That the words of friendship might be
transmitted safely through the wilderness, the red men revered the peace-pipe.
The person of him that travelled with it was sacred; he could disarm the young warrior as by a spell, and secure himself a fearless welcome in every cabin.
Each village also had its calumet, which was adorned by the chief with eagles' feathers, and consecrated in the general assembly of the nation.
The envoys from those desiring peace or an alliance, would come within a short distance of the town, and, uttering a cry, seat themselves on the ground.
The great chief, bearing the peace-pipe of his tribe, with its mouth pointing to the skies, goes forth to meet them, accompanied by a long procession of his clansmen, chanting the hymn of peace.
The strangers rise to receive them, singing also a song, to put away all wars, and to bury all revenge.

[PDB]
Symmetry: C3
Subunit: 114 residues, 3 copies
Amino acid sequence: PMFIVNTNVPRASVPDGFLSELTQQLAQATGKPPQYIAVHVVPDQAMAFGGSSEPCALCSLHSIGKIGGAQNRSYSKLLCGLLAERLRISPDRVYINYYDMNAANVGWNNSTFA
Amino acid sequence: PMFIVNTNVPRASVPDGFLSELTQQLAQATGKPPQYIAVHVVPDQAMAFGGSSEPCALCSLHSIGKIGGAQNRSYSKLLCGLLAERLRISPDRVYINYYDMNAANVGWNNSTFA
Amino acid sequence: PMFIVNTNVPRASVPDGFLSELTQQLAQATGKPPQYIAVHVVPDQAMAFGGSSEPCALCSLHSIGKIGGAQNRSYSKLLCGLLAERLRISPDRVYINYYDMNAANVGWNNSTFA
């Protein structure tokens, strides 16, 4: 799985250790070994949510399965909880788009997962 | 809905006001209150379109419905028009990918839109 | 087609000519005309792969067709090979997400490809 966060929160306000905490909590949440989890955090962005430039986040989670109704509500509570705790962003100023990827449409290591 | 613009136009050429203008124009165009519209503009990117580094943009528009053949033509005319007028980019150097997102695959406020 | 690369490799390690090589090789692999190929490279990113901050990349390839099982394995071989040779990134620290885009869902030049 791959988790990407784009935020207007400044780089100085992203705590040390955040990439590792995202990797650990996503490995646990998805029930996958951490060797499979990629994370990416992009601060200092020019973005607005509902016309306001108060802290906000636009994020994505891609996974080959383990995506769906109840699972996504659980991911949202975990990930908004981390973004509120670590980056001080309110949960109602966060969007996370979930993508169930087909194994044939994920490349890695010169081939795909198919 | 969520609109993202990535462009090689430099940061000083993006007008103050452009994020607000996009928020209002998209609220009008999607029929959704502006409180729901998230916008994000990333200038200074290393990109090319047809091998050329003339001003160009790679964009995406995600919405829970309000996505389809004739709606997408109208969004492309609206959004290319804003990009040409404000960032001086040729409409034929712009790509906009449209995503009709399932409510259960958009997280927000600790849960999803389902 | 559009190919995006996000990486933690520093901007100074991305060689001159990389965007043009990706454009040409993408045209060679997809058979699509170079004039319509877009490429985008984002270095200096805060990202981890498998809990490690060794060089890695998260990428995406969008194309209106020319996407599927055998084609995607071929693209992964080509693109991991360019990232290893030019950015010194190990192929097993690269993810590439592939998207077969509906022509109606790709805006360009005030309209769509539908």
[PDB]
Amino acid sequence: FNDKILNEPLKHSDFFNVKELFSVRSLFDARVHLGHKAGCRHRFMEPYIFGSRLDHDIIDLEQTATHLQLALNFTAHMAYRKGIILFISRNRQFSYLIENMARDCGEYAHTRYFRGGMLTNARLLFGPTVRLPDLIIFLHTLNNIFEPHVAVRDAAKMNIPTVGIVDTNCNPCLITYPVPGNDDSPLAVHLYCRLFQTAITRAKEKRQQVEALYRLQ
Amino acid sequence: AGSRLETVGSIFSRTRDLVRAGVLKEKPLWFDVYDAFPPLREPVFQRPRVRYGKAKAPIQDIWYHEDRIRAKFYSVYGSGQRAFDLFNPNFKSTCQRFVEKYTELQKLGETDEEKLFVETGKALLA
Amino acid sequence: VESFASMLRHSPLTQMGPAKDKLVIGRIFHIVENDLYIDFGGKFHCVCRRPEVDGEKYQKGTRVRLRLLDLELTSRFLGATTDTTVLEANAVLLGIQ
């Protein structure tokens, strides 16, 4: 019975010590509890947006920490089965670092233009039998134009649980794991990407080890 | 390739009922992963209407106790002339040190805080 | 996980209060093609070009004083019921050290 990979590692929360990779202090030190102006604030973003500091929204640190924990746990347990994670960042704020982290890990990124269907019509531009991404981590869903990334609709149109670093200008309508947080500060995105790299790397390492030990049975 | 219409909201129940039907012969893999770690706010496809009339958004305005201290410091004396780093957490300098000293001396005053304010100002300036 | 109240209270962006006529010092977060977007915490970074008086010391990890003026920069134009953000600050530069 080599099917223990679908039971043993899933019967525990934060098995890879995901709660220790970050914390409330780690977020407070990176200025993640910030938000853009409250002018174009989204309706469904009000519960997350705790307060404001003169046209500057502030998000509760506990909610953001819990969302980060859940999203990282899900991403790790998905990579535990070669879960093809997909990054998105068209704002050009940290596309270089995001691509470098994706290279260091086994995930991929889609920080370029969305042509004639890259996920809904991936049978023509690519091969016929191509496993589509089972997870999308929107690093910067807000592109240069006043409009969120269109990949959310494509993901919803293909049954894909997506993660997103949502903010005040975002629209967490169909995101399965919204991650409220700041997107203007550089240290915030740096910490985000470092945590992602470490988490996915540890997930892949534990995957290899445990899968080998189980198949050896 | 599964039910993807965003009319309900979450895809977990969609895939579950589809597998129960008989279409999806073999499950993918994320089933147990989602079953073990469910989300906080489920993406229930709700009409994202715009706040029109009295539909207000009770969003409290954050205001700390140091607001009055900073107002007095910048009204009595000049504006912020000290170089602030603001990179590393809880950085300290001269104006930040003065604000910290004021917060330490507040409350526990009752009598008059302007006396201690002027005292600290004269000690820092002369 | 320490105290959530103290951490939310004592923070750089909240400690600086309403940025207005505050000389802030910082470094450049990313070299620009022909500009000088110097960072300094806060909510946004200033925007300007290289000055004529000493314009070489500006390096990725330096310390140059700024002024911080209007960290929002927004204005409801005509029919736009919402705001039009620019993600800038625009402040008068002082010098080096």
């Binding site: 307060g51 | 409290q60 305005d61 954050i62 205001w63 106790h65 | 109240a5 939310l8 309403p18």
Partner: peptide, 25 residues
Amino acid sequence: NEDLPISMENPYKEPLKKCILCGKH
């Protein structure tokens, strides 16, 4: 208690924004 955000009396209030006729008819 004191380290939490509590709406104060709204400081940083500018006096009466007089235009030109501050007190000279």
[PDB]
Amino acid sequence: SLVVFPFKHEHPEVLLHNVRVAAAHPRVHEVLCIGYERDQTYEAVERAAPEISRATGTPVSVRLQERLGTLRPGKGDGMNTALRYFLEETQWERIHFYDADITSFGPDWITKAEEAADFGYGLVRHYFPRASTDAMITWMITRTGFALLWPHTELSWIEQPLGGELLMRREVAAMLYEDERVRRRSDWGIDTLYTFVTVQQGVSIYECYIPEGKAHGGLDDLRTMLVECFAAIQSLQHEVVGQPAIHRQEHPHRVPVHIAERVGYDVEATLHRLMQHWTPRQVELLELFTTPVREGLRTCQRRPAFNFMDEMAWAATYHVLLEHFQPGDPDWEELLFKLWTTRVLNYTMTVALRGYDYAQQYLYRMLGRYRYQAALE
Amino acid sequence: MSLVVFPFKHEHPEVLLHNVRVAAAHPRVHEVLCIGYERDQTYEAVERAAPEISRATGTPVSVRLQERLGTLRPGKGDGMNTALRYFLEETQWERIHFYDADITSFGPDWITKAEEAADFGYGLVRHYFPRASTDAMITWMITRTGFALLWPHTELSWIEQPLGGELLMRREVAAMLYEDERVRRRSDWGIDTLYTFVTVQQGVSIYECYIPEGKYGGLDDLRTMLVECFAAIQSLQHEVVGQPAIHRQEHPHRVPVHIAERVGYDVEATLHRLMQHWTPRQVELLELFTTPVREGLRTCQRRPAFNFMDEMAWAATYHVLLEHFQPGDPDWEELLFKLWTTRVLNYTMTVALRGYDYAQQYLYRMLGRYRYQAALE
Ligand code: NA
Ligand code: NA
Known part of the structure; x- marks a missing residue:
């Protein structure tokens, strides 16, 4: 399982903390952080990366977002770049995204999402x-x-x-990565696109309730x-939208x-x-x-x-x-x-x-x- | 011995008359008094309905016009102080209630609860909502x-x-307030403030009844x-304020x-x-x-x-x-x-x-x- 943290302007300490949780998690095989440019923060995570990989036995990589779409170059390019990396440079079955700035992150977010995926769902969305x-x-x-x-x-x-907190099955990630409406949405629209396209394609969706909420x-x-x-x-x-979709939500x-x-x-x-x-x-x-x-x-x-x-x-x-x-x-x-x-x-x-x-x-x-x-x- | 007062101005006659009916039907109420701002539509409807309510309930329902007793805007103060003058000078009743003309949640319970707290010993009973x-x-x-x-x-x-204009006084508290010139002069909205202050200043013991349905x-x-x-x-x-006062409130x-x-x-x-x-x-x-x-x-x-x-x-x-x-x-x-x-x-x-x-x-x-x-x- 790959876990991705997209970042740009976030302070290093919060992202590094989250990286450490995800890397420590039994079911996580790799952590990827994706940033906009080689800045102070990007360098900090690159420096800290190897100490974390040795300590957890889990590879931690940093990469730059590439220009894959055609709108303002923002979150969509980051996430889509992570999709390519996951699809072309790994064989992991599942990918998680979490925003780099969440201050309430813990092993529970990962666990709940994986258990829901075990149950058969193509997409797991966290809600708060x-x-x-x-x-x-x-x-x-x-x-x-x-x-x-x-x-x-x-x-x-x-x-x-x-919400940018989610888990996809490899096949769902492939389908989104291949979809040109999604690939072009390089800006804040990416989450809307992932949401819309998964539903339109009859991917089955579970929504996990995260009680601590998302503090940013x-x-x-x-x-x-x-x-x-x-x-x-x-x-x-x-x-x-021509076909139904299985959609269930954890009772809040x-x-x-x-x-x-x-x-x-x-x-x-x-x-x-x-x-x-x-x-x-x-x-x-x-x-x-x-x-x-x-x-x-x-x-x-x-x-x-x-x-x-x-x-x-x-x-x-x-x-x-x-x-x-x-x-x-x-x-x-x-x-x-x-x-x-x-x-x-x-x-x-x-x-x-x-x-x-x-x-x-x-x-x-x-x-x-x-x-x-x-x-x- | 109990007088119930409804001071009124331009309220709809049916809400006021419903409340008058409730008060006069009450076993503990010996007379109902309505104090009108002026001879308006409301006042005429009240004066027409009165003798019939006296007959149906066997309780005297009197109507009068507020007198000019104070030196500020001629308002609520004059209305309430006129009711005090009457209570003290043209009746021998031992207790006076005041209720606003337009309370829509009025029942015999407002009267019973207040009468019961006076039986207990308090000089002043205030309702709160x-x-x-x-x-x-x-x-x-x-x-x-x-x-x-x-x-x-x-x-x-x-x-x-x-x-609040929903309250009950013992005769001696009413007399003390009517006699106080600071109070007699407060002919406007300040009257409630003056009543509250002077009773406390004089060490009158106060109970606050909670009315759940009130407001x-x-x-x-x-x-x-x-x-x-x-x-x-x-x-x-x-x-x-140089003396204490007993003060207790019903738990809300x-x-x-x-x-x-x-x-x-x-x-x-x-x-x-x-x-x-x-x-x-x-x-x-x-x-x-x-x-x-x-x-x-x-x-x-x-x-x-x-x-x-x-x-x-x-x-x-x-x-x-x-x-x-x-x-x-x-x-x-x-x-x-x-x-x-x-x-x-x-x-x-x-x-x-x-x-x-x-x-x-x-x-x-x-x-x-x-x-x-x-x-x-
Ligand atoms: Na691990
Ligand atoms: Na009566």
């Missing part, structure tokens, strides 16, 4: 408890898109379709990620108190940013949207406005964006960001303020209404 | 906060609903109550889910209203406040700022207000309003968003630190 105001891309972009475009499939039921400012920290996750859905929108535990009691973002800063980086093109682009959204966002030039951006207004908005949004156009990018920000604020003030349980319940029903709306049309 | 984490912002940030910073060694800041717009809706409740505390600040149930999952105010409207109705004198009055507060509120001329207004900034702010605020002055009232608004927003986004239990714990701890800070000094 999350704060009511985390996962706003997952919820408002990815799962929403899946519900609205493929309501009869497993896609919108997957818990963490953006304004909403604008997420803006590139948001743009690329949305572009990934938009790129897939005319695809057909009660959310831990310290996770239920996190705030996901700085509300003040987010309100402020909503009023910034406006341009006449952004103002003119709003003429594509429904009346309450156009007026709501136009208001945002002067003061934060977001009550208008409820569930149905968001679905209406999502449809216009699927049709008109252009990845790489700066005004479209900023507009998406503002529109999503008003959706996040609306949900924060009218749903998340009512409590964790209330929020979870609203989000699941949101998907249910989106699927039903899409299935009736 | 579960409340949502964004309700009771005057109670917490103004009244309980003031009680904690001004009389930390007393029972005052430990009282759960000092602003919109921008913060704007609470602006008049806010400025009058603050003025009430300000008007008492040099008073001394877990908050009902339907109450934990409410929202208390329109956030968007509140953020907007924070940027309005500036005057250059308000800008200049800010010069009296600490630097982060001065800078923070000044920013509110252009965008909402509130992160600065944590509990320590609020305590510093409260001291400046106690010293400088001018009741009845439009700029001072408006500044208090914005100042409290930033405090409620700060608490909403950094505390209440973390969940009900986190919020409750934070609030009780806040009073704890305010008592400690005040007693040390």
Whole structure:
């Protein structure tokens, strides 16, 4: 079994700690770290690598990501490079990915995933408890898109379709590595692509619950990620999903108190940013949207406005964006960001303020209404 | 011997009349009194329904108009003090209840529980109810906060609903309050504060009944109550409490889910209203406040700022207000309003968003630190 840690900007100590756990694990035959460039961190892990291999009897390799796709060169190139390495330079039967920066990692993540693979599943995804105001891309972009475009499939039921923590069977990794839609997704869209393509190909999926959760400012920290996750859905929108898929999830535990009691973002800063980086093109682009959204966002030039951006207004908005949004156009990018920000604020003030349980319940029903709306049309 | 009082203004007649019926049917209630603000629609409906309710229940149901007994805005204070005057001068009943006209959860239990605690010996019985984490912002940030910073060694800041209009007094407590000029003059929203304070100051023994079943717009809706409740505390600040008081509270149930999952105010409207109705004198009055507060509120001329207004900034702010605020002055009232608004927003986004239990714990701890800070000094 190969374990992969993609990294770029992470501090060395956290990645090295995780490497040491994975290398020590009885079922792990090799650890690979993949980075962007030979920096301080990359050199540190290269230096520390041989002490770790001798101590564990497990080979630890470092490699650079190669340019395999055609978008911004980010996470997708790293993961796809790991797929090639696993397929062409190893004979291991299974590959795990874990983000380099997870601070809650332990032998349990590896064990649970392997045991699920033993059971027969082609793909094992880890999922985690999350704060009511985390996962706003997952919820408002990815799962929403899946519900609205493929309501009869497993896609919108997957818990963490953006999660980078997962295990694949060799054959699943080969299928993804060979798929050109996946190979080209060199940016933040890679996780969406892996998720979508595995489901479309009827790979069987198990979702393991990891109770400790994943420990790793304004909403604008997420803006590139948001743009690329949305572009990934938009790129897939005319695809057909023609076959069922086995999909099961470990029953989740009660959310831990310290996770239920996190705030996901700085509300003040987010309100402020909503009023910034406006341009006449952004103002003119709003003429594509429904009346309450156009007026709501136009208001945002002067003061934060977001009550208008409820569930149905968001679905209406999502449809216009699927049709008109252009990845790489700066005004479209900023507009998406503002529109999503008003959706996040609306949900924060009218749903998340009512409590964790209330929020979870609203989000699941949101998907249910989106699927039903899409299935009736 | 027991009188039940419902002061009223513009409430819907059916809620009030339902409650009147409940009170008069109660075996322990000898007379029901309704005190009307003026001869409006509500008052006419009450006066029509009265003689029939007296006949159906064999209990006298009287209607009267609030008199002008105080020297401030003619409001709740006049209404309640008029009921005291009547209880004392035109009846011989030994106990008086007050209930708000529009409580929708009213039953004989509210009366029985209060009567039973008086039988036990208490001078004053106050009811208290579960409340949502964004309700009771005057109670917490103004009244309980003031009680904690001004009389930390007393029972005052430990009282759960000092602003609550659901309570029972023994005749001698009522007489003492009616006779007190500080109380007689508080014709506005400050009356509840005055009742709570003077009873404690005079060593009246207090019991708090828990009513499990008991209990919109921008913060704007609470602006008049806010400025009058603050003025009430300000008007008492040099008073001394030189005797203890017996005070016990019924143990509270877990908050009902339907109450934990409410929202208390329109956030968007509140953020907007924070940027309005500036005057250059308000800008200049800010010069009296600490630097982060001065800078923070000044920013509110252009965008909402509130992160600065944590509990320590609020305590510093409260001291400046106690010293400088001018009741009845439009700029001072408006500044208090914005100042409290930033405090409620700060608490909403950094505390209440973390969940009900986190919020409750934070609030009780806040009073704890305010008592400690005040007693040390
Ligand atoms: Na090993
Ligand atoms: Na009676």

As they meet, each party smokes the pipe of the other, and peace is ratified.
The strangers are then conducted to the village; the herald goes out into the street that divides the wigwams, and makes repeated proclamation that the guests are friends; and the glory of the tribe is advanced by the profusion of beards meat, and flesh of dogs, and hominy, which give magnificence to the banquets in honor of the embassy.
But, if councils were their recreation, war alone was the avenue to glory.
All other employment seemed unworthy of human dignity; in warfare against the brute creation, but still more against man, they sought liberty, happiness, and renown; thus was gained an honorable appellation, while the mean and the obscure among
them had not even a name.
Hence to ask an Indian his name was an offence: a chief would push the question aside with scorn; for it implied that his deeds and the titles conferred by them, were unknown.